The U.S. Agency of Agriculture say 93% of soybeans and 88% of corn is engineered with this technology. That meansfrom cereal, to chips to cookies--or any other products containing corn syrup, canola and soy--the vast majority of processed foods on grocery shelves contain GMOs. But since labeling isn't required in the U.S., there's no way to knowfor sure.
Seeing for Ourselves
We visited two Vermont farms that couldn't be more different. One uses GMOs, the other is against them.In Vermont, 96% of dairy farmers use GMOs--like Bill Rowell, who plants GMO corn at his dairy farm in Franklin County."We're producing a quality product, with something that science says is quite acceptable," Rowell said. There's one big reason so many farmers like Rowell have jumped on the GMO bandwagon: efficiency."We use the seed that's genetically modified because it produces a greater yield. It's been developed to be drought-resistant, it uses less pesticides, less herbicides,less fuel, less labor," Rowell said.In other words, it's a sort-of insurance policy against attacks on his crop."We have to battle the weather, we have to battle a variety of different insects, pests, rootworm, cutworm, that sort of thing." And he pays a pretty penny for that peaceof mind. A bag of GMO seed corn retails at $375, and can plant 2.5 acres of corn. A non-GMO seed bag of the same size costs less, but Rowell says it would yield himless crop."You'd reduce your crop by as much as half," he estimated.Organic farmer Jack Lazor disagrees."I think my yields are just as good as anybody who's using GMOs," he said. Lazor has literally written the book on organic farming. The Organic Grain Grower (http://www.amazon.com/dp/1603583653/?tag=googhydr-20&hvadid=31650324997&hvpos=1t1&hvexid=&hvnetw=g&hvrand=16496287468536118222&hvpone=29.38&hvptwo=&hvqmt=b&hvdev=c&ref=pd_sl_7dkuf0grwi_b)is a product of decades of experience at Butterworks Farm in Westfield, Vt. "I grow corn and beans and small grains, wheat, barley, oats, spelt." His dairy farm uses the traditional method of crop rotation, which promotes biodiversity."Your soil is teeming with life, and for me, I don't think GMOs are really about promoting life in the soil."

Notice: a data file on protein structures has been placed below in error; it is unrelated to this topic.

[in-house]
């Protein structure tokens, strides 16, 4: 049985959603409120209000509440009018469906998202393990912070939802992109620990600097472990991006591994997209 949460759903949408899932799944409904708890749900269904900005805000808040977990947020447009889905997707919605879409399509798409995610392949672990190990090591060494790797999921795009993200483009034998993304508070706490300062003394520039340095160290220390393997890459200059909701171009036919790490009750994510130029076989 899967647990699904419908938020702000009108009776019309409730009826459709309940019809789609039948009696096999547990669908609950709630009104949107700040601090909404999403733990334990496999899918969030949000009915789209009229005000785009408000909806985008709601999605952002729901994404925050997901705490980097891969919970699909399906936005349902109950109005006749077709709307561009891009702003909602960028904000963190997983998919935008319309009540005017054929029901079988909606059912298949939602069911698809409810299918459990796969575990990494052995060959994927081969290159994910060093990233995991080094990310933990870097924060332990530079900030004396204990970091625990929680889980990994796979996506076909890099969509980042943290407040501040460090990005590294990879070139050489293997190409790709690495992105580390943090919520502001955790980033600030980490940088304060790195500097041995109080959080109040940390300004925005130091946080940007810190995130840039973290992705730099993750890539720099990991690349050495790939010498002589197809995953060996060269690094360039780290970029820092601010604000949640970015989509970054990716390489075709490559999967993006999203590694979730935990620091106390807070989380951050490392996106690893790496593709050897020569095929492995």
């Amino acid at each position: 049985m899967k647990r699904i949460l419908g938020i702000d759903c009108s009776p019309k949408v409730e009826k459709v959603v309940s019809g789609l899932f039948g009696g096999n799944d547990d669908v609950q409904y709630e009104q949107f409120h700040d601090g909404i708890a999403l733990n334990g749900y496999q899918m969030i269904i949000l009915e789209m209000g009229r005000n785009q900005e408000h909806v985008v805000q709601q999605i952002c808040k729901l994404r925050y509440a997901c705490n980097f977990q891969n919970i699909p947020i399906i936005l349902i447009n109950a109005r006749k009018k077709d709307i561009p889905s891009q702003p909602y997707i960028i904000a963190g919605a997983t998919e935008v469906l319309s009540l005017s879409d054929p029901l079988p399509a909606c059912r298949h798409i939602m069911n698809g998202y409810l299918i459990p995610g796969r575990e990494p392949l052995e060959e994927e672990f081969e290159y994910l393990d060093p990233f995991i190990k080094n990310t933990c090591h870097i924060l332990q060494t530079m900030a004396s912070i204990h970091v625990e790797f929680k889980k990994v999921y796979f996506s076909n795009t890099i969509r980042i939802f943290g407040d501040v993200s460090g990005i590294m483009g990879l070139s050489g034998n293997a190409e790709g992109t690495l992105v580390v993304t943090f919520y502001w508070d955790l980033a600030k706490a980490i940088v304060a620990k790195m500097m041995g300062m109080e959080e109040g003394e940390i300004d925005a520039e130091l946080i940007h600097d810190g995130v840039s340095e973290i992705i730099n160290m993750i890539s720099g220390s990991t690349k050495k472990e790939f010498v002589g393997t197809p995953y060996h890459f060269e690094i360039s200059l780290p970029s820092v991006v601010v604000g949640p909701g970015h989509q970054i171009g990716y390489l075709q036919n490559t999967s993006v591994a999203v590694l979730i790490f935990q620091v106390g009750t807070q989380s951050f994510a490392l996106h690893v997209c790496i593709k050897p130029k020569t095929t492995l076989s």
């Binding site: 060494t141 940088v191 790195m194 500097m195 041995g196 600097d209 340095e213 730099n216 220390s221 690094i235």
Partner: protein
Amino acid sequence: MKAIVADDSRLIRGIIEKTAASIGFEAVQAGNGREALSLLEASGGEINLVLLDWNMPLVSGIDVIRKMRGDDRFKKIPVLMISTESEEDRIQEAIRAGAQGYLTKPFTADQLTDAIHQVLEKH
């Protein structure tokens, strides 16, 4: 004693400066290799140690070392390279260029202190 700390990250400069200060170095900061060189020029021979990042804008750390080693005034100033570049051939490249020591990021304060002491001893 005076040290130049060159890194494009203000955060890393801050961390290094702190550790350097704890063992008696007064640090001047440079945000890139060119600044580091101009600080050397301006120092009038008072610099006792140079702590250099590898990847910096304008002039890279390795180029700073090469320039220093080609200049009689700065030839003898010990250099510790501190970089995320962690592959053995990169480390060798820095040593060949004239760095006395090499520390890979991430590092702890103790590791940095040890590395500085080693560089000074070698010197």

Meet our Scientist
We enlisted the help of Dr. Deborah Neher to sort out the facts about GMOs. She chairs the Plant and Soil Science Department at the University of Vermont, and has